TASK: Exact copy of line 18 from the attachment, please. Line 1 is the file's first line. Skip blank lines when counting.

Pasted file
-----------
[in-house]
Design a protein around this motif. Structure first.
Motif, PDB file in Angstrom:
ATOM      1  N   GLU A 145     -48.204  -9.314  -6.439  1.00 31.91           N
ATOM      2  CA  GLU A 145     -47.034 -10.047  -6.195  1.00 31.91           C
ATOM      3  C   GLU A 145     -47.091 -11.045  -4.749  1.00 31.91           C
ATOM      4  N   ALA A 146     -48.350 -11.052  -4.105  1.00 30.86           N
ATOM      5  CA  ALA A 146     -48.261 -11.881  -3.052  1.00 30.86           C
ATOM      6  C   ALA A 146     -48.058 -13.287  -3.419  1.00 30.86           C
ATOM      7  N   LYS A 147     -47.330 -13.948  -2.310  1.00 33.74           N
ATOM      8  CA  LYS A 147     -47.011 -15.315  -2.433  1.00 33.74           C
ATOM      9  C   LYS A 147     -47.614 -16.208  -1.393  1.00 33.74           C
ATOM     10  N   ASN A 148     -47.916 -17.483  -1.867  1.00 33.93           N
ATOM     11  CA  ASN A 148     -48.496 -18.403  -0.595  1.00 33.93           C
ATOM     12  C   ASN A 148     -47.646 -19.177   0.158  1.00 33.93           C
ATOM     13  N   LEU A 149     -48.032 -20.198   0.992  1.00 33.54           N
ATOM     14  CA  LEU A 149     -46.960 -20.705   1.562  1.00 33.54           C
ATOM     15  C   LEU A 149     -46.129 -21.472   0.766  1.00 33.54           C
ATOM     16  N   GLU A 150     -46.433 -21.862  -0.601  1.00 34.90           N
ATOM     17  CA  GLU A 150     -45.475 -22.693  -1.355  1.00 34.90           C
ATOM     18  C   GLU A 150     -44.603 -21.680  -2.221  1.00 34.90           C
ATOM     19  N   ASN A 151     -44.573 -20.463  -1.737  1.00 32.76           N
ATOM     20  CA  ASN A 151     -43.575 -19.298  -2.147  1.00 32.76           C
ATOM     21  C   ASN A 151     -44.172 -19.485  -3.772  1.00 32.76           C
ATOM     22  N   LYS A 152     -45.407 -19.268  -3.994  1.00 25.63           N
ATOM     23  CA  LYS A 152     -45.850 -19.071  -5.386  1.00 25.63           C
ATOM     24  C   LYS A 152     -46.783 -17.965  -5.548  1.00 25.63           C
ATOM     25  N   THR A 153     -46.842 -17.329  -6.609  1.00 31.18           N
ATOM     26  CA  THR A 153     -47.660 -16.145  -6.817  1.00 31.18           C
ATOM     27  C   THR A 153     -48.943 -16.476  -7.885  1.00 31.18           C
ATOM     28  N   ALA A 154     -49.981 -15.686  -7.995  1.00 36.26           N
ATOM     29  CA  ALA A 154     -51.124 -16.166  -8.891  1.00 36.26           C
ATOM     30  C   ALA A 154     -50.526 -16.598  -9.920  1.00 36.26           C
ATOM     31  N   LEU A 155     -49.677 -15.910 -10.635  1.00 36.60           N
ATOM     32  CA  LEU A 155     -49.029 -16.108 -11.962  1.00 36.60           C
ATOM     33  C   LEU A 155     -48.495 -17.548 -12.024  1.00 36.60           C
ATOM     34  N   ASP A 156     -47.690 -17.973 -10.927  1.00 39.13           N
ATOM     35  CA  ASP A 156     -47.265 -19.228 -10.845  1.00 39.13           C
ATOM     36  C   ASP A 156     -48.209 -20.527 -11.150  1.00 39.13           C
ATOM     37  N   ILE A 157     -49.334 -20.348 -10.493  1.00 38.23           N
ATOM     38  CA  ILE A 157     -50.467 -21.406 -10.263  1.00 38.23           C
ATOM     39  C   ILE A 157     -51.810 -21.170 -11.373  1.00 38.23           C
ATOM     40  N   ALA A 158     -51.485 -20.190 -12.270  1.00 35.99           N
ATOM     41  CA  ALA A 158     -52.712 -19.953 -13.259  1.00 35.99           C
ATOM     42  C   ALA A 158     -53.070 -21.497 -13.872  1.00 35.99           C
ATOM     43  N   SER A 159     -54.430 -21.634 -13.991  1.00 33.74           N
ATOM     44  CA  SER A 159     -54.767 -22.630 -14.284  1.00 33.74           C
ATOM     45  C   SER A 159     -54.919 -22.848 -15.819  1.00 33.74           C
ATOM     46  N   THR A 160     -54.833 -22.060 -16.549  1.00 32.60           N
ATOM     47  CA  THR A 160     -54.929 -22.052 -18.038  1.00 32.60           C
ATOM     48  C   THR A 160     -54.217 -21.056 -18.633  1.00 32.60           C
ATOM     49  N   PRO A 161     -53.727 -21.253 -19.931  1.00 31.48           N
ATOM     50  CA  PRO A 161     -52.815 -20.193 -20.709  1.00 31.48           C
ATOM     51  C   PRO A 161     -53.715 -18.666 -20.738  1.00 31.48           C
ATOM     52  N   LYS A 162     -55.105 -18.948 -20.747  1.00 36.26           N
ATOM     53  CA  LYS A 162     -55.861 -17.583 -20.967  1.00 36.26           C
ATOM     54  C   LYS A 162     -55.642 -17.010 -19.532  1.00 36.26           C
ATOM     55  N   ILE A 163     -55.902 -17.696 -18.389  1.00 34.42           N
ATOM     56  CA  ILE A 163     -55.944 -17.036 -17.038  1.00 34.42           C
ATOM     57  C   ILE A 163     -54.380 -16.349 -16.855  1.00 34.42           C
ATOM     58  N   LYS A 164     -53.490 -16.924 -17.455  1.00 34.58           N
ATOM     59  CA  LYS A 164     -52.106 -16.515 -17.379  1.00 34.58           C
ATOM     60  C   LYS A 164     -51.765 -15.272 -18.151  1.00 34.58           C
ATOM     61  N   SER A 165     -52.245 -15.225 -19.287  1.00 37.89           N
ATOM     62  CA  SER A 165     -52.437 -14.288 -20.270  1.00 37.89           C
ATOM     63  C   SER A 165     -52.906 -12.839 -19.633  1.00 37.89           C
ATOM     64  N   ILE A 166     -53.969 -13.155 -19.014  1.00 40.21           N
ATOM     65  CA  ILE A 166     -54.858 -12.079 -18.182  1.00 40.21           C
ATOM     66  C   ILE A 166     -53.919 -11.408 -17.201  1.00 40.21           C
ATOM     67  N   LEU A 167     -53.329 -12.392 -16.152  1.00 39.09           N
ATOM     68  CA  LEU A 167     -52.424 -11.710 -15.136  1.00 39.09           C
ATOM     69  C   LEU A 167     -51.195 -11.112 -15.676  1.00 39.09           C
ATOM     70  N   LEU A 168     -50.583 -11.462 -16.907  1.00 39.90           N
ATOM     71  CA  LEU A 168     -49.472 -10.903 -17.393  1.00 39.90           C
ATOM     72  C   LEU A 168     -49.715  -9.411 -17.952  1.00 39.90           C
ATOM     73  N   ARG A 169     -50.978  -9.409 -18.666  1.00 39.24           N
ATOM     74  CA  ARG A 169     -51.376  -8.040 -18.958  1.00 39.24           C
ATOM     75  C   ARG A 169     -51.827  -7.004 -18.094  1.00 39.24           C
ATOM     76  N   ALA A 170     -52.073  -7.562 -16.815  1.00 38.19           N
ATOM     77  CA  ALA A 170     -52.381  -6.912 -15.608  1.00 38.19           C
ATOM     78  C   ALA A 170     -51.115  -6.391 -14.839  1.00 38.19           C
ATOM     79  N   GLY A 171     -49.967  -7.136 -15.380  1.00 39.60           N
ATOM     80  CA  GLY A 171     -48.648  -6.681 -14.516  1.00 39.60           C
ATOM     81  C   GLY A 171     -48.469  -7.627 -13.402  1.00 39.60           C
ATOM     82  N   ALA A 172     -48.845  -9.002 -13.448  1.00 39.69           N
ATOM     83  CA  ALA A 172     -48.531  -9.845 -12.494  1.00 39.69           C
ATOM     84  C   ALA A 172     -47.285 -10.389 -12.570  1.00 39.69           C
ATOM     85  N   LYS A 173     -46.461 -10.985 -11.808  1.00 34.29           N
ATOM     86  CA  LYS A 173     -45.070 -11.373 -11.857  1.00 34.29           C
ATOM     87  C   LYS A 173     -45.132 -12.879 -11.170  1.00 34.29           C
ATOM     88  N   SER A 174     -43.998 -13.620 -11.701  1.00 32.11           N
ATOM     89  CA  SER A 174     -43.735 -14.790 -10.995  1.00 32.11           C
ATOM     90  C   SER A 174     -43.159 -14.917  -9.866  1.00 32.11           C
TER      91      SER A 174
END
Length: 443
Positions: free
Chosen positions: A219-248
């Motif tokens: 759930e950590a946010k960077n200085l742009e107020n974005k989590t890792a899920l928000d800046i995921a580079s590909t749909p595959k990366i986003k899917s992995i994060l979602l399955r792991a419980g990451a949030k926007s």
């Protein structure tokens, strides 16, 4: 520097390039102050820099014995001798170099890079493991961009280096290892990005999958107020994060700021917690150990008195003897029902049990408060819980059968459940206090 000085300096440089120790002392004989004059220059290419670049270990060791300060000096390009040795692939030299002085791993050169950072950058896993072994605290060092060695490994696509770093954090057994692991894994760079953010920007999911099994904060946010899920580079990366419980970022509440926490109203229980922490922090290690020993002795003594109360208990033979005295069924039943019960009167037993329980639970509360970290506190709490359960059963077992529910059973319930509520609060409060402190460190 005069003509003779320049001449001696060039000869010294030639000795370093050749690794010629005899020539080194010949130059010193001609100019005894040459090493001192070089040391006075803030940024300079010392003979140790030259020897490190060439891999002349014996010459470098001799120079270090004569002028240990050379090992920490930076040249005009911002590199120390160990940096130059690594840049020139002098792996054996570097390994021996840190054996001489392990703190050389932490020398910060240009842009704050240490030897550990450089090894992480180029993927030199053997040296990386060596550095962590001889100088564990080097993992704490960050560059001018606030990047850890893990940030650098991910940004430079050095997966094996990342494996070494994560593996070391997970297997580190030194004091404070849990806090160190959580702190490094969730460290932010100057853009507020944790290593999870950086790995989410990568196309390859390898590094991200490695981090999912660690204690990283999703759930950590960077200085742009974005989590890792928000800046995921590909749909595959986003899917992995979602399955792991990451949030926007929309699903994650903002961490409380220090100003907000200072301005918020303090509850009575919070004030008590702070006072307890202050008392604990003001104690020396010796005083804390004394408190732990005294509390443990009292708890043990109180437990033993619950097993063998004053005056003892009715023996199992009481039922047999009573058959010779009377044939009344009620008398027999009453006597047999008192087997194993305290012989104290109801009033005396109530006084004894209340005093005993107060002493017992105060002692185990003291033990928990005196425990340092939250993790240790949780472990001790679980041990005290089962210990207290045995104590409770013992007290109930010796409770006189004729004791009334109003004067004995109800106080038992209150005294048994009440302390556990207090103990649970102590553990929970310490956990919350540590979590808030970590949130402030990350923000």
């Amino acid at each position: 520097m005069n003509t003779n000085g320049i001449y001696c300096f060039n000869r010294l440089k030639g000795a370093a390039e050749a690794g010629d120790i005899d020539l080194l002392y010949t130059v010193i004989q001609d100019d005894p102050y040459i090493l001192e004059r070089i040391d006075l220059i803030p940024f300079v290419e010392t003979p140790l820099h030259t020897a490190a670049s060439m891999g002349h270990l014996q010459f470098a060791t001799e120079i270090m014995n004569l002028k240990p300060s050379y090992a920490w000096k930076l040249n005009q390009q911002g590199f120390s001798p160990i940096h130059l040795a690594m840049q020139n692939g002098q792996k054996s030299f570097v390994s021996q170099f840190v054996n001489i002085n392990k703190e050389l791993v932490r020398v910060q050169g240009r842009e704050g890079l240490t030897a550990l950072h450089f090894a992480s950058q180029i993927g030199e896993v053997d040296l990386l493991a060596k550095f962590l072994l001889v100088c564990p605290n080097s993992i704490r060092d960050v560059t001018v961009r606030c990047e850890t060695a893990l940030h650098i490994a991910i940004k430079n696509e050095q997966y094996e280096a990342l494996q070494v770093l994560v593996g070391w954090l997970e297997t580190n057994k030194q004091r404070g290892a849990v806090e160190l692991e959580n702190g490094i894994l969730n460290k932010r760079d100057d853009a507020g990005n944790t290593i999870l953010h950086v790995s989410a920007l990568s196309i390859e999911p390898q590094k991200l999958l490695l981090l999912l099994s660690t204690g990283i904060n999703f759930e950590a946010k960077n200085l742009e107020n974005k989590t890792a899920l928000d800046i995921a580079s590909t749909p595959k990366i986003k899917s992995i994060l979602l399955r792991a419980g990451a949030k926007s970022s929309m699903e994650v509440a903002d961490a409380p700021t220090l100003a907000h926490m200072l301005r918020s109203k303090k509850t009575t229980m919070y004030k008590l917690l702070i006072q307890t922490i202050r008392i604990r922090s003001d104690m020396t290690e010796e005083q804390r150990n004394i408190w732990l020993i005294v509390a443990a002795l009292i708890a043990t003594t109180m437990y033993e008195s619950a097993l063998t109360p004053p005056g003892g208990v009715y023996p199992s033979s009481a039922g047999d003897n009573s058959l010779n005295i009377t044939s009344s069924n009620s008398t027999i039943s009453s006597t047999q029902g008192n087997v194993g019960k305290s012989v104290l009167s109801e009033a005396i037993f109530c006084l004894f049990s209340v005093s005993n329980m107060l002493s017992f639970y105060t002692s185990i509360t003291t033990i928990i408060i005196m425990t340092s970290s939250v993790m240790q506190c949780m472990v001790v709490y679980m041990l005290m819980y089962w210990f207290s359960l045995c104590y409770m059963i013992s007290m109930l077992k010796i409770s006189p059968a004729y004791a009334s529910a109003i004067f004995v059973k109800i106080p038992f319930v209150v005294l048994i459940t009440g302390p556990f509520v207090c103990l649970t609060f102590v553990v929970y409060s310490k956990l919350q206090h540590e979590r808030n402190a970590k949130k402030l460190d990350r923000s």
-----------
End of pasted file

ATOM     15  C   LEU A 149     -46.129 -21.472   0.766  1.00 33.54           C